The Advocate's editor on why the title chose Putin as 'Person of the Year'

Matthew Breen, editor-in-chief, The Advocate, speaks to Laura Nichols about the LGBT title's evolution in print and online, and how it chose its controversial person of the year.

Matthew Breen, editor-in-chief, The Advocate
Matthew Breen, editor-in-chief, The Advocate

Name: Matthew Breen
Title: Editor-in-chief
Outlet: The Advocate
Preferred contact: editorial@grandeditorial.com
Website: www.theadvocate.com

What is the mission of The Advocate?
Our goal is cataloging the key events in the LGBT community as they happen. We also provide thoughtful analysis about what events mean in the lives of LGBT people in this country, and advance the discussion around what’s important to us.

How has LGBT news evolved in recent years?
Visibility is how I would shorthand the change I have seen in the last decade.

In 2003 I started working at Out magazine. It shared an office with The Advocate at the time in Los Angeles and I saw just how difficult it was sometimes to get interviews with openly gay, lesbian, bisexual, or transgender artists and political figures about LGBT issues. It was always a hard task to get people to not feel like they were signing up for more than an interview.

That has changed significantly. Now, we get fantastic high-profile interviews, as does Out. Another big shift is the willingness of people who are not LGBT to talk to us. Also, the number of artists, intellectuals, and political figures who are out has changed enormously.

There has been a huge transition in the last decade, which makes it easier to talk about issues that are important to our community. And it gives us access to a lot more people.

Has increased access changed your coverage?
The Advocate has been a publication since 1967 and during our 45th anniversary, I got to learn a lot more about the history of the publication.

It was essentially a leaflet, a newsletter, and part of the mission was to alert gay men to the places being raided by the cops in Los Angeles. If you were arrested for congregating in a gay place at that time, your name would be published in the newspaper. Back then, you could lose your job for being arrested or gay.

It was a time when gay people did not have the legal right to congregate. Since then, The Advocate has developed and become a gay and lesbian publication, then later an LGBT magazine. And, for much of its time when it was biweekly, it was the primary way that people in the LGBT society garnered information about news around the world related to our community.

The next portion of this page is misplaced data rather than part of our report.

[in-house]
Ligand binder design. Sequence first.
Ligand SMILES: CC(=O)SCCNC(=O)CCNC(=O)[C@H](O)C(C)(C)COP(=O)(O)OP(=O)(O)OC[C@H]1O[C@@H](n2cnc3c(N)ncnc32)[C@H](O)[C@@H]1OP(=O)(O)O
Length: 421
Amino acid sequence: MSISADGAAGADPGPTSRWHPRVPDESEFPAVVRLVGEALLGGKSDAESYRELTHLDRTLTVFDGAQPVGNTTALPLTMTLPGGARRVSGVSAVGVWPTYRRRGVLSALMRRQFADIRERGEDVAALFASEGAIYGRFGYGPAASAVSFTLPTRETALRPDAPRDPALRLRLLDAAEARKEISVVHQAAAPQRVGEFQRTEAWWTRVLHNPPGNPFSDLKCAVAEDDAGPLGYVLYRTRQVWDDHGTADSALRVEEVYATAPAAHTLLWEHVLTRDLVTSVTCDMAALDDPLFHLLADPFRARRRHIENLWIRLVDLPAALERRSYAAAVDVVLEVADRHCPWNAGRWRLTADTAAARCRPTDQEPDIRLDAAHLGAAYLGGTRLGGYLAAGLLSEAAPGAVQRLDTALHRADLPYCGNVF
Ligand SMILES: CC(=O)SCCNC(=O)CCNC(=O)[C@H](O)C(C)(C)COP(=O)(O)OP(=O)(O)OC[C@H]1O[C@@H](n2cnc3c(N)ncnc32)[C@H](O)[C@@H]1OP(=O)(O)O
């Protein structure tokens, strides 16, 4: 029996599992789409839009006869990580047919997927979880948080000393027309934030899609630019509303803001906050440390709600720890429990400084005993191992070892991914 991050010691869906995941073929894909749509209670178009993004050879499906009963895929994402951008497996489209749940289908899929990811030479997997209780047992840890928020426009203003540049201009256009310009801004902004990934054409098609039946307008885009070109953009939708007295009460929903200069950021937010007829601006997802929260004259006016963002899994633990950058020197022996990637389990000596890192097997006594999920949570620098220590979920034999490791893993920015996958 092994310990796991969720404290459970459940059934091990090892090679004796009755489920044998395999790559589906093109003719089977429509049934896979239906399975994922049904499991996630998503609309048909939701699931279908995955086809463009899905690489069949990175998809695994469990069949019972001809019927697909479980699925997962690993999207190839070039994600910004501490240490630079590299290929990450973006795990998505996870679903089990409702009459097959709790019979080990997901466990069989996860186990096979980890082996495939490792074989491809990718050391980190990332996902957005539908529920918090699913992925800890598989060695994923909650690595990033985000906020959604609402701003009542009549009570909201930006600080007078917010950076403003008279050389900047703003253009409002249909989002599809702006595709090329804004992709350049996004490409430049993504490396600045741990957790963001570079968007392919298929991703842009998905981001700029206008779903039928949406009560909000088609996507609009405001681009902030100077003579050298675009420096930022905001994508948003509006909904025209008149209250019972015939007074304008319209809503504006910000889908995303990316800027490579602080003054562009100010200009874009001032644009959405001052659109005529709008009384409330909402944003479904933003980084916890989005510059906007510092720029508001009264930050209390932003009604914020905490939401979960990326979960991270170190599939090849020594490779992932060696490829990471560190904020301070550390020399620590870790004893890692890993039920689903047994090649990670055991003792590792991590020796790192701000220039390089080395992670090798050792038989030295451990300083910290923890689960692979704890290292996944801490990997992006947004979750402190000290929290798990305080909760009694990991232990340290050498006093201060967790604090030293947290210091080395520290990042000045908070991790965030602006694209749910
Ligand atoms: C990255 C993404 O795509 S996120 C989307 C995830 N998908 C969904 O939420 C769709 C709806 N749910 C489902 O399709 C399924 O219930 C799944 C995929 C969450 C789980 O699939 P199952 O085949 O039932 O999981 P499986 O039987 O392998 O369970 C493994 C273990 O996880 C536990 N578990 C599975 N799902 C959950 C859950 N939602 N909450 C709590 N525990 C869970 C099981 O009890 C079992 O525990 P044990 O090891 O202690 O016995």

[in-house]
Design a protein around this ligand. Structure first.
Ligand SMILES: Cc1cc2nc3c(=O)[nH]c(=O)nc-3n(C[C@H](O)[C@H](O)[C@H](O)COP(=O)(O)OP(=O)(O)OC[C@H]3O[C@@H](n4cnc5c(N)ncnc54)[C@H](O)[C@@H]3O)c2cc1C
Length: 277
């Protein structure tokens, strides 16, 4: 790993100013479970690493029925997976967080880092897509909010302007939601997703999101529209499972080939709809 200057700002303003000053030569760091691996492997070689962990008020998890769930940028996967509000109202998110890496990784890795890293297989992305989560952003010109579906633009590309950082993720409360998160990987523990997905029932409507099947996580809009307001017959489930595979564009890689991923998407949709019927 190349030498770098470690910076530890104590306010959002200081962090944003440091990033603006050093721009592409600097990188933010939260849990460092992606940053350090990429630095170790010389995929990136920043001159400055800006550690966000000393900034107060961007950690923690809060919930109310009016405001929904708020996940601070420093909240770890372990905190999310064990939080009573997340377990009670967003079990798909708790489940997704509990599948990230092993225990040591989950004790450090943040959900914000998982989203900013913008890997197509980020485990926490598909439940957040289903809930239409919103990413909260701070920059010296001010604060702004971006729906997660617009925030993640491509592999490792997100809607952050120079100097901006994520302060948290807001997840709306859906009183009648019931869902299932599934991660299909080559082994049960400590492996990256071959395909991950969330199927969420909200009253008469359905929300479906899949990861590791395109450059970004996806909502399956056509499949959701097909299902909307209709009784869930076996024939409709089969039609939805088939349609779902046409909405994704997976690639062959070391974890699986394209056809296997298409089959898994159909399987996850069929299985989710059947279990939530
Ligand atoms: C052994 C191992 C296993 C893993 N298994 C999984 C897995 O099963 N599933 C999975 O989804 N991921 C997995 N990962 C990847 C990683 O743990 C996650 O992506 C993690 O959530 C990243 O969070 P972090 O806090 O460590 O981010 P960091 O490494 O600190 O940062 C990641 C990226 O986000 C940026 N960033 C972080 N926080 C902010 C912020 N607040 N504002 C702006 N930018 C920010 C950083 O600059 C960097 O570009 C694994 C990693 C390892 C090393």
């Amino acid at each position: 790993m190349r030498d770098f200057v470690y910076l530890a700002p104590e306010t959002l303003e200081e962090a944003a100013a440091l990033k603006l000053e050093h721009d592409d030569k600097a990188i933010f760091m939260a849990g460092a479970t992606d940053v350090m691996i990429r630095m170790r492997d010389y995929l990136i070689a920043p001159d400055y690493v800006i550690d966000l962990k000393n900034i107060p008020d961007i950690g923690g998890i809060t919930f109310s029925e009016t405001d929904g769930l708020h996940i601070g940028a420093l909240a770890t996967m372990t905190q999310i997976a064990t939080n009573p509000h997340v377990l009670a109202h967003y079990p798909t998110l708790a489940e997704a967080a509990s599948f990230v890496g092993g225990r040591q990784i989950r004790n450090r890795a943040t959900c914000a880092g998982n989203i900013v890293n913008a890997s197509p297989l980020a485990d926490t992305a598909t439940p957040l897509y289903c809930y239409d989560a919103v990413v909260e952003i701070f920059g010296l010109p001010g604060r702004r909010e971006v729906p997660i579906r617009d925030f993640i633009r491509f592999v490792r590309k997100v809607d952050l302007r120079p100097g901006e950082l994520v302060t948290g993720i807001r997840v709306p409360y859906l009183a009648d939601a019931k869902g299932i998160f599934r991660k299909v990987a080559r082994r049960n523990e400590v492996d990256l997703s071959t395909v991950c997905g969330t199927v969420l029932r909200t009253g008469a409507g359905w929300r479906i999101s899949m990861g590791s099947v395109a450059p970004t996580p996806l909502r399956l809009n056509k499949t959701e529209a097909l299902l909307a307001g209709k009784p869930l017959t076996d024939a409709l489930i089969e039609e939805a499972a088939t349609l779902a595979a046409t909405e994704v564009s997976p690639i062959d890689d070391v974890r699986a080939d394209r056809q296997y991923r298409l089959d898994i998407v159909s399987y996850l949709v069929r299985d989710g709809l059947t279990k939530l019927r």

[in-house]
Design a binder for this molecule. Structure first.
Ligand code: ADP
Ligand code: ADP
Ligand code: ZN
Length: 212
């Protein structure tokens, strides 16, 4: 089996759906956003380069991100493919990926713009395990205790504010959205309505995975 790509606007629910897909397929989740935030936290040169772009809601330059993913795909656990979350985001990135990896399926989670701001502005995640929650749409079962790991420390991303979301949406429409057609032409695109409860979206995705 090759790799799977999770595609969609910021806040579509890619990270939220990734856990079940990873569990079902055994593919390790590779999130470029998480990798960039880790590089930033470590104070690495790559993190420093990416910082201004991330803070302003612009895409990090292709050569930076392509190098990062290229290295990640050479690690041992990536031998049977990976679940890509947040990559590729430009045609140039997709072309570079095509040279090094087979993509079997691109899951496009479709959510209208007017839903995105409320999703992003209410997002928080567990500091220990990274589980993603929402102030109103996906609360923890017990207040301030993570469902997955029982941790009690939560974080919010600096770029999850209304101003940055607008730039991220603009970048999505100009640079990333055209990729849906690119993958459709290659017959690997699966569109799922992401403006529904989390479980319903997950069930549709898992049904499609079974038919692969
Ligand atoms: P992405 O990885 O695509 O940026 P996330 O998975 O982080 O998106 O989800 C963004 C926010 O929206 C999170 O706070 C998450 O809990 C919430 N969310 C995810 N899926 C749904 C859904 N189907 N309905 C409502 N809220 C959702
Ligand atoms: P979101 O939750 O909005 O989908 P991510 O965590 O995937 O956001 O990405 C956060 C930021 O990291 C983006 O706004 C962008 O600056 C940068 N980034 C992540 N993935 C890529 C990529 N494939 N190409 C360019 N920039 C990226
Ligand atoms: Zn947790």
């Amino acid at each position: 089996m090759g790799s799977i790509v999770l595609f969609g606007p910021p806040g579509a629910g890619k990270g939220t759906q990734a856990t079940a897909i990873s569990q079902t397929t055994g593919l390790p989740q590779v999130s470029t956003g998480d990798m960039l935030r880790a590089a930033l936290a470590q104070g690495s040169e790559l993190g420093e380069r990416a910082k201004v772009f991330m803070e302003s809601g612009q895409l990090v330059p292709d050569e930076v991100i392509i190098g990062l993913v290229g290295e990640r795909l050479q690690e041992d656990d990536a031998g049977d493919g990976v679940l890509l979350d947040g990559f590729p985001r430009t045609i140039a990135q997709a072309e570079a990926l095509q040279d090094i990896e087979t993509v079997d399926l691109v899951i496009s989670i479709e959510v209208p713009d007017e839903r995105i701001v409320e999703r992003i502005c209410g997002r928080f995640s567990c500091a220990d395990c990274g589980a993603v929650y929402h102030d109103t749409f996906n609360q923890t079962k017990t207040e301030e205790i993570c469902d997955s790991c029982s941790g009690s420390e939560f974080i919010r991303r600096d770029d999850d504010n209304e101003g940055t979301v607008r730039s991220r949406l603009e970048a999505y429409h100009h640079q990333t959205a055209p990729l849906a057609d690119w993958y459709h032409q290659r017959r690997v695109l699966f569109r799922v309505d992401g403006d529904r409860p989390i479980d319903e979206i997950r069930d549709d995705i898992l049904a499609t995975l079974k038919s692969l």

It’s been an evolution that has since seen the title launch a website. The magazine now devotes more space to long-form features, investigative reporting, and thoughtful essays. Given our schedules, it’s less about news than it was before as readers can get news on advocate.com.

Circulation figures for the magazine are 110,000 and online unique visitors are 3.1 million per month.

How did you decide on your Person of the Year?
We started thinking about who was the one person that had the greatest effect on LGBT people globally. And although there have been amazing victories on a lot of fronts and a lot of heroes to celebrate – and we do that on a regular basis – it was an inescapable conclusion to me that the person who has had the most effect – albeit negative – on the lives of LGBT people has been Vladimir Putin.

His platform, the legislation he has fully endorsed, the anti-propaganda laws – which is a misnomer – and passively allowing confusion between the ideas of homosexuality and pedophilia in Russia, really fuels hate of LGBT people in that country. He knows he is considered the moral leader of that country and takes advantage of that platform to demonize LGBT people.

The Sochi Winter Olympics were a good example of a time when we highlighted the problems Russia has with LGBT people. Part of the reason we chose Putin was to make sure we kept the conversation alive after Sochi about what it is like for the LGBT community in Russia. We continue to do that because it is still a crisis.

And the cover idea to compare Putin with Adolf Hitler?
We thought long and hard about whether it was appropriate to do so.

But, we see the systematic discrimination of people by Putin and the Russian government, people, legal system, and church, as very similar to the discrimination you saw in Hitler’s leadership when he demonized gays, Jews, Jehovah’s Witnesses, and gypsies.

What has the response been like?
It was pretty split between "How dare you" and "This is fantastic, it’s genius."

Some people really want a hero to be celebrated on the cover of the magazine, but person of the year is not necessarily an honor all the time. It is noting the person who has had the greatest impact, for better or worse

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